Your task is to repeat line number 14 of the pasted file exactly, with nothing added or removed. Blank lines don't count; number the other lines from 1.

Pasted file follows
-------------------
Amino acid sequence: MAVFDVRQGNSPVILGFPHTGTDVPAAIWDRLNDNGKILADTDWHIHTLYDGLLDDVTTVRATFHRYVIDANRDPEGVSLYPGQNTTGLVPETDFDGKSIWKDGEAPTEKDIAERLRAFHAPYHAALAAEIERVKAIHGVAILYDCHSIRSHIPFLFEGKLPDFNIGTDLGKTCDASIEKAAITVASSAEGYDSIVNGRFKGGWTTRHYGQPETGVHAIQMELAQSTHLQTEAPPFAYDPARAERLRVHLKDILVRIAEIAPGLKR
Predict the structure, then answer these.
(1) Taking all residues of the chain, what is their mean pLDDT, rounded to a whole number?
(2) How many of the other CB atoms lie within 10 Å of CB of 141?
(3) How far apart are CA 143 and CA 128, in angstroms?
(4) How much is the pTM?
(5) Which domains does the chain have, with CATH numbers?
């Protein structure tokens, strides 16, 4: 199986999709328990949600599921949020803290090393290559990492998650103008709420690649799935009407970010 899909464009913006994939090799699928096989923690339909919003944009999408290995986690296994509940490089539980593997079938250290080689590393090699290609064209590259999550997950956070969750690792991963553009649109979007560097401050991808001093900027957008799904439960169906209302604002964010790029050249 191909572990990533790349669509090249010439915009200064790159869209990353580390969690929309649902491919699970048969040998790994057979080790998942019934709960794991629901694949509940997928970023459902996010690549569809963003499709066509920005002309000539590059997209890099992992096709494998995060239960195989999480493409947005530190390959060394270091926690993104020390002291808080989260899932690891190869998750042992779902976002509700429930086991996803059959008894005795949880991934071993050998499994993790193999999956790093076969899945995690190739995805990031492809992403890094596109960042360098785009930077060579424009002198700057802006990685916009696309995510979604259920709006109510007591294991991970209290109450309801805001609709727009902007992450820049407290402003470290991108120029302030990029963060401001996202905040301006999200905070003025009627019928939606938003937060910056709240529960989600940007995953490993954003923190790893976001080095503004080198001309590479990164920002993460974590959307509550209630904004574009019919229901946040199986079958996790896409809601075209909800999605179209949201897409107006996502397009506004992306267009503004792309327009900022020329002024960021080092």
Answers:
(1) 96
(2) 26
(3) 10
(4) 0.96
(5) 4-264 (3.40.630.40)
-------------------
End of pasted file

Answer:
(5) 4-264 (3.40.630.40)